• are not yet certain about the final destination of your goods
  • will be processing or storing your goods before selling or re-exporting them

You can declare goods ‘not at risk’ when they are declared into, and discharged from, special procedures subject to meeting the relevant conditions to declare goods ‘not at risk’. If you declare your goods ‘at risk’ on entry to the special procedure, this does not stop you from declaring them ‘not at risk’ when you declare them out of the procedure.

A financial guarantee is usually required while duty is suspended. If you are able to declare your goods ‘not at risk’ on entry to the special procedure in Northern Ireland and UK duty has not been paid yet, your guarantee requirement will be at the UK rate of duty. If the goods are ‘at risk’, the guarantee requirement will be at the EU rate of duty.

When discharging your goods from a special procedure into free circulation in Northern Ireland, you will need to work out if your goods are ‘at risk’ or ‘not at risk’ in the same way as you would at import. If:

  • your goods are ‘at risk’ when leaving the special procedure, the applicable EU rate of duty will be due in full
  • you are able to declare your goods ‘not at risk’ and UK duty has not yet been paid, then the applicable UK duty will be due in full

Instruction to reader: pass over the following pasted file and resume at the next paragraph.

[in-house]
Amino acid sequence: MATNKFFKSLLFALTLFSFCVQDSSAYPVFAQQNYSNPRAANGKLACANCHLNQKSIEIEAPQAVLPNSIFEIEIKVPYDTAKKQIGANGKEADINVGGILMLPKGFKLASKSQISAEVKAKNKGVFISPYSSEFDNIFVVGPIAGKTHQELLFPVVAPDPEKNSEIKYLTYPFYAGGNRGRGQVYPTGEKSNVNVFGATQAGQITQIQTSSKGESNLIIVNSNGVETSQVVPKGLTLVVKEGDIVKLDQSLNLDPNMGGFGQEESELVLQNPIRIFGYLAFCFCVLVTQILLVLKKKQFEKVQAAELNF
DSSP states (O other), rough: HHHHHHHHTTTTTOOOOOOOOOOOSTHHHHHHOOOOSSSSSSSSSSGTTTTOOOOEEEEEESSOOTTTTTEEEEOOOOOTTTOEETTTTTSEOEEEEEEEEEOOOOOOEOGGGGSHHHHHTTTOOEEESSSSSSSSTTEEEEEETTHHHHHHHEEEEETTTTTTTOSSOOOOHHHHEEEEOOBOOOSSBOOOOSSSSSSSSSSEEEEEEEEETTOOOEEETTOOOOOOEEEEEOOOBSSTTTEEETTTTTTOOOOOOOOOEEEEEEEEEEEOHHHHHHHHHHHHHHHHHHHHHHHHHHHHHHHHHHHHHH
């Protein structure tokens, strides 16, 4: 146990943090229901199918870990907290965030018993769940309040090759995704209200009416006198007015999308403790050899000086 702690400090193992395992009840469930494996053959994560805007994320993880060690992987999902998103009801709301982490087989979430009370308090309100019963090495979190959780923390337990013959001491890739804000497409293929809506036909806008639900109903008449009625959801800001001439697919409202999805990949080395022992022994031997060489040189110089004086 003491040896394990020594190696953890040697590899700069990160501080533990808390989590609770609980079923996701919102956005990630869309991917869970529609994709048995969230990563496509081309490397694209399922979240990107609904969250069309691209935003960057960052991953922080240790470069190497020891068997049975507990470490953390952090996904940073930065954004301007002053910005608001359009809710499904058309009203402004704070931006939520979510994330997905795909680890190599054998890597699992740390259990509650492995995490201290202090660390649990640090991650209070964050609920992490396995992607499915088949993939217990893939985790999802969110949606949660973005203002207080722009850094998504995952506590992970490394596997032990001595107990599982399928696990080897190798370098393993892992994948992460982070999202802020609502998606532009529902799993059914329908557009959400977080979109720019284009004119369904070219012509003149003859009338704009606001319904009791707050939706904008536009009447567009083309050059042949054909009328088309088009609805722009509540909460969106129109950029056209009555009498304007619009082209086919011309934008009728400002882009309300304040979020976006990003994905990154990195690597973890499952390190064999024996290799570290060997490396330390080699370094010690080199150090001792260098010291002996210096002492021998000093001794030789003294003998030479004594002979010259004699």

When discharging your goods from a special procedure, and not into free circulation in Northern Ireland, if you:

  • export your goods to a country outside of both the EU and the UK, no duty will be due
  • move your goods to free circulation in Great Britain, UK duty will be due

If you are bringing goods into Northern Ireland for processing and do not meet the additional requirements to declare these goods ‘not at risk’, the Inward Processing procedure may be useful. You can suspend duty while you process your goods and do not need to take into account the processing undertaken during the procedure when declaring goods ‘not at risk’ when you declare them out of the procedure.

If you are not sure of the final destination of your goods when bringing them into Northern Ireland, the Customs Warehousing procedure may be useful. You can suspend duty while you store goods in the Customs Warehouse. When discharging goods from the procedure, you can declare those that are:

  • destined for the EU, ‘at risk’
  • staying in Northern Ireland, ‘not at risk’, subject to meeting the other ‘not at risk’ requirements.

You may want to consider if other special procedures may be of help.

Published 15 December 2020